The gaming and toy industries have often been dominated by a small group of companies with the assets and marketing reach to secure shelf space in retail stores and online traffic. The continued growth of the Toys-to-Life sector, however, is shifting the scales in favor of small businesses and solopreneurs alike.
Toys-to-Life is a gaming trend that incorporates physical toys into digital games. With the launch of Activision’s Skylanders occurring in 2011, the industry is projected to grow to over $8 billion in revenue by 2013. When other major names like Disney and Lego joined in on the toys-to-life movement, it seemed that this industry would also be dominated by major players. The opposite has been the case, however, as Disney left not only Toys-to-Life but the entire gaming industry earlier this year.
Initially, industry pundits were saying Disney’s exit was the beginning of the end of the movement. However, the emergence of several innovative startups in the space tells a different story. In fact, it would seem that Disney’s size and experience may have been what prevented it from innovating at the pace required by this developing industry.
Entrepreneurs and small businesses, however, are experiencing increased success in both the toy and gaming industries. Jia Shen is the CEO and founder of PowerCore, a company that helps make digitally activated toys and objects for gaming experiences. At a recent DesignerCon in Pasadena California, Shen and his team partnered with fellow exhibitors in a digital version of a scavenger hunt to demonstrate the potential for augmented reality beyond games like Pokemon Go.
Examples of Toys-To-Life Innovation
Reinvigorating Older Franchises
One of the key ways Toys-to-Life is impacting the toy and gaming industries alike is its ability to revive popular franchises that may no longer be in the spotlight. Shen shares, “In a recent project, we partnered with Mattel, Animoca Brands, and Super7 to create a line of character cards that activate powerups in the new He-Man Tappers of Greyskull mobile game. We do this by using NFC (near-field-communication) technology to make the cards scannable from the game.”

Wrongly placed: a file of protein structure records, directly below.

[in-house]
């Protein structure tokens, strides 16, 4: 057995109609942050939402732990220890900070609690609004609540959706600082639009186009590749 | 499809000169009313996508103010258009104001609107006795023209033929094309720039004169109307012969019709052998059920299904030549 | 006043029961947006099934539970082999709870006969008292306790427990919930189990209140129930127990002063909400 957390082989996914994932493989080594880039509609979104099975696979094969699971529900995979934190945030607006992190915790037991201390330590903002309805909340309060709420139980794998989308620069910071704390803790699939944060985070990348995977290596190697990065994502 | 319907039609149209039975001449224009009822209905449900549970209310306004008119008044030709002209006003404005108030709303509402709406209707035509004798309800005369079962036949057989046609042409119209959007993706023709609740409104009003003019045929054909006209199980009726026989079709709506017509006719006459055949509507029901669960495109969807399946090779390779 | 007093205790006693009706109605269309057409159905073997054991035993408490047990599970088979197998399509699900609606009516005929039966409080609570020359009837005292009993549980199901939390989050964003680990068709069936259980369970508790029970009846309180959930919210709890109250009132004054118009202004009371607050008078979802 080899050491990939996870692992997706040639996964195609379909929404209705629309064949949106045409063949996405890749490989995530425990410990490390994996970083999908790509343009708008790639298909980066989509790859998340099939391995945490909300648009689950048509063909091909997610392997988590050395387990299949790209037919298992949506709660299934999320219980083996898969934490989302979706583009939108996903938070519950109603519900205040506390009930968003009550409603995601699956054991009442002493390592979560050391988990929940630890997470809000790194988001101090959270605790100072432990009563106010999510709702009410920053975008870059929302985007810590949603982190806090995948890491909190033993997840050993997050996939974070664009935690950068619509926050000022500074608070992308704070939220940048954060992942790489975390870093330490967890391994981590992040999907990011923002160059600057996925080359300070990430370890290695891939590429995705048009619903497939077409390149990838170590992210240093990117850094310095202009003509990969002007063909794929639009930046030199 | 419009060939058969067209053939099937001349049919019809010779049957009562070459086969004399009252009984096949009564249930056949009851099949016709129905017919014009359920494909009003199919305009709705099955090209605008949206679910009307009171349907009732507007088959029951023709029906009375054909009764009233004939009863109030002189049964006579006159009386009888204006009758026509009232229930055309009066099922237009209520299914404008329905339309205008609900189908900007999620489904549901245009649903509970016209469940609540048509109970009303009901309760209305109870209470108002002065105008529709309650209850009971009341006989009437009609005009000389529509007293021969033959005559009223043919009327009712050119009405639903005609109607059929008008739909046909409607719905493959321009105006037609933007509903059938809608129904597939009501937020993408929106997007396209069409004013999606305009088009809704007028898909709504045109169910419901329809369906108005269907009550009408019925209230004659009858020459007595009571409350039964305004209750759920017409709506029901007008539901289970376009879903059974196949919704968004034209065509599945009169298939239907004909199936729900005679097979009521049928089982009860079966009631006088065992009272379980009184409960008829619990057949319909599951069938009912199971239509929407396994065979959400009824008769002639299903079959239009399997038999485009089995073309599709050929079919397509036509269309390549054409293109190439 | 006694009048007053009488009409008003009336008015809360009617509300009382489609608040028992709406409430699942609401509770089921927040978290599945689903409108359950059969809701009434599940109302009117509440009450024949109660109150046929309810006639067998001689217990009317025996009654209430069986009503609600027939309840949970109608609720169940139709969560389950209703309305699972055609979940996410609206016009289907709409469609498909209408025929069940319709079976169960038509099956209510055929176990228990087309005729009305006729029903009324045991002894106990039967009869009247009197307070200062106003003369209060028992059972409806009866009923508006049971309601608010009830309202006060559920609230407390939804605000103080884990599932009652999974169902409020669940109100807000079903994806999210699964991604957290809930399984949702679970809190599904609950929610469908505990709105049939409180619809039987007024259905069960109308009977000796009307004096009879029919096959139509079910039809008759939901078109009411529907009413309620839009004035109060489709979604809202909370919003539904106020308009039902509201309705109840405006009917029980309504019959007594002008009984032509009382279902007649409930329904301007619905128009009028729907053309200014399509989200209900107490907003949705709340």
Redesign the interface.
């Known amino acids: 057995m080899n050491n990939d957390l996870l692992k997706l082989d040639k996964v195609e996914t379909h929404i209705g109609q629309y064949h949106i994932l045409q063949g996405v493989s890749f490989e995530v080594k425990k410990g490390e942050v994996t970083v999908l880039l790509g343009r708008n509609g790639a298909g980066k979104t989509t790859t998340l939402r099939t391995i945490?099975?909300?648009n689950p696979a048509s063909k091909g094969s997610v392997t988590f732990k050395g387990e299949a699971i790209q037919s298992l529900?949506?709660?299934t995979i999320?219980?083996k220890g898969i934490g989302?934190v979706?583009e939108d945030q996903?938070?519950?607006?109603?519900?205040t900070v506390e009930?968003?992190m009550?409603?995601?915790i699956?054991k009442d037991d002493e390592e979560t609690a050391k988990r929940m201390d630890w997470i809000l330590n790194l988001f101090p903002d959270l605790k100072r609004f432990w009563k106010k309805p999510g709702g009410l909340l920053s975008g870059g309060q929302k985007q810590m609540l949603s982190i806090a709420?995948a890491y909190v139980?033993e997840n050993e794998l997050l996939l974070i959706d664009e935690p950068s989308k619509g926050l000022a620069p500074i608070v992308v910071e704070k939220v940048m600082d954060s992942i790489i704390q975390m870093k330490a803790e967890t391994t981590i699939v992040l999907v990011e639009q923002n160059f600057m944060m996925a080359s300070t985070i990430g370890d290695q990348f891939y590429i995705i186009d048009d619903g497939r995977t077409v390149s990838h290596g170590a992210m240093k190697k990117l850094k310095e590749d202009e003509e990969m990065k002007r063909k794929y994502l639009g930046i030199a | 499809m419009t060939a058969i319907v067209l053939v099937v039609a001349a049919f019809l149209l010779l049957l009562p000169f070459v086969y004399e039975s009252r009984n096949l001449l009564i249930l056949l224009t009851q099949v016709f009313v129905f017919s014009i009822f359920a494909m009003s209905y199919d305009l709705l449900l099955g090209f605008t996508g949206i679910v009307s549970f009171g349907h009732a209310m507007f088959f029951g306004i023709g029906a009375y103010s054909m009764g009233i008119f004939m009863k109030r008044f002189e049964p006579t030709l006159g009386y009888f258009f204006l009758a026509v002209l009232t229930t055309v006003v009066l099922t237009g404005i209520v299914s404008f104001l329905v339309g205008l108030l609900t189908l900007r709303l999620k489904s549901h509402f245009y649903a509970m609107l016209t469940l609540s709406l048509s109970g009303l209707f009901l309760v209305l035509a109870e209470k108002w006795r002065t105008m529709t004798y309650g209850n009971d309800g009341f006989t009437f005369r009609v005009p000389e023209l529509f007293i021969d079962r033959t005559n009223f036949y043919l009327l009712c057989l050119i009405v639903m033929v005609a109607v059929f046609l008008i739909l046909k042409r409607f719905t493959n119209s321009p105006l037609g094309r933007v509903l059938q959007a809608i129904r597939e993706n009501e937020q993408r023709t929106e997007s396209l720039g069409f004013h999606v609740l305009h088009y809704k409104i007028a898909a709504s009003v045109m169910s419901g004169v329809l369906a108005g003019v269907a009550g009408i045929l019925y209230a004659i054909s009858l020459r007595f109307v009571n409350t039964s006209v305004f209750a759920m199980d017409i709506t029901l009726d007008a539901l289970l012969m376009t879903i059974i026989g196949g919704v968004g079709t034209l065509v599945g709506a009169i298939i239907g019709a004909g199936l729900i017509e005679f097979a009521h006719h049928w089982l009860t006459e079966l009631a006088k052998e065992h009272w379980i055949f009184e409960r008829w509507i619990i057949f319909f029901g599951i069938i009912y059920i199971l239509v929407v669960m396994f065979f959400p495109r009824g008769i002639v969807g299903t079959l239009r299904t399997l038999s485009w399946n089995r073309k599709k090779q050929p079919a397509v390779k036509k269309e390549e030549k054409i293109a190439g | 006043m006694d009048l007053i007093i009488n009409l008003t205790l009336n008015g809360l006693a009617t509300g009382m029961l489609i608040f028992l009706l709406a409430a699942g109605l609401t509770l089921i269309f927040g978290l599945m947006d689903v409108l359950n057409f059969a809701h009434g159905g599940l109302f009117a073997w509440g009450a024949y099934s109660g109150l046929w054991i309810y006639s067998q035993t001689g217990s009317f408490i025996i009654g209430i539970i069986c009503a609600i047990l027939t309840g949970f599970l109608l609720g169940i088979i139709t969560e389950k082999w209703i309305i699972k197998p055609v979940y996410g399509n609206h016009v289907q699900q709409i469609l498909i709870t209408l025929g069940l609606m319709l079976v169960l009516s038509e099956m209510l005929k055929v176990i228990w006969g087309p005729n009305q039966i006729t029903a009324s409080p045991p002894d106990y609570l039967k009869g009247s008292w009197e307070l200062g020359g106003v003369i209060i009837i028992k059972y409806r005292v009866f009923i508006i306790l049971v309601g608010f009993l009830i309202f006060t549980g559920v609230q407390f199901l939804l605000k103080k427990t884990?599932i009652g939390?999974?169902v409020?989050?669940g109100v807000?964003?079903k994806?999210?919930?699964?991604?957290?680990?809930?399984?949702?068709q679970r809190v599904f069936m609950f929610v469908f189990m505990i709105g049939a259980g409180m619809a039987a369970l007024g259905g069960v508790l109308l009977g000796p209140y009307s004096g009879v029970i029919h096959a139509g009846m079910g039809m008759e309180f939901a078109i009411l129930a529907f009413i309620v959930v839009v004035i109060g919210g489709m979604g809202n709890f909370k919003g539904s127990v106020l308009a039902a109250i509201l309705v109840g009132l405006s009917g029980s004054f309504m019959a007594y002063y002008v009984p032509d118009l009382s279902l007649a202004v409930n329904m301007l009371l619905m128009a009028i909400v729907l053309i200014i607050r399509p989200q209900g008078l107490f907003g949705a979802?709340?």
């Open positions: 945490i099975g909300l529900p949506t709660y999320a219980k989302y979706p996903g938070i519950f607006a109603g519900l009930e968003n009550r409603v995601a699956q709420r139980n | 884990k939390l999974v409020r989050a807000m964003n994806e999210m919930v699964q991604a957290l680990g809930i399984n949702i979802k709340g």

Integrations like these create intrigue for existing franchises by generating new and exciting versions of gameplay. Toys-to-life enabled games encourage consumers to collect the various characters or power-ups required for enhanced gameplay, making it easier than ever for brands to bundle toys and games that go together.
The Toy Blank
Another trend in toys that is giving small businesses an edge is the emergence of the Toy Blank. Shen explains, “Toy Blanks, also known as Toy Platforms, are becoming a sound way for brands to license their characters to companies who can produce and distribute them more quickly. Players like Funko and Lego are mainstream examples of how much demand there is for this kind of toy.” As licensed toys designed by smaller toy manufacturers grow in popularity, there will be increased opportunities for designers and manufacturers to collaborate.
3D Printing Enabling Faster Innovation
Finally, larger companies are turning to firms with 3D printing capabilities to more rapidly prototype both standard and digitally activated toys. One reason pushing these larger organizations to leverage startups with 3D printing capabilities is the complexity involved in the modeling process.
Most 3D printers require a significant amount of engineering or computer science expertise, which means to develop their own solutions most companies would have to hire entirely new, highly qualified teams to maintain any 3D printing efforts. The result is an increase in demand for 3D printing startups that can meet the needs of larger organizations.
All of these changes are bringing about mutually beneficial updates for designers, game makers, and larger brands. By partnering with larger firms, small businesses in the toy and gaming industries can access assets that would otherwise be unattainable. By the same token, established industry leaders can leverage the innovation and lean speed with which startups operate to create content and collectibles that consumers want.
The relationship between startups and established toy brands is a model for how other industries can innovate. Innovation moves rapidly today, and startups are frequently the ones driving that change. If established companies want to survive successive cycles of disruption, and if young startups want a boost in their early days, partnerships can be mutually beneficial.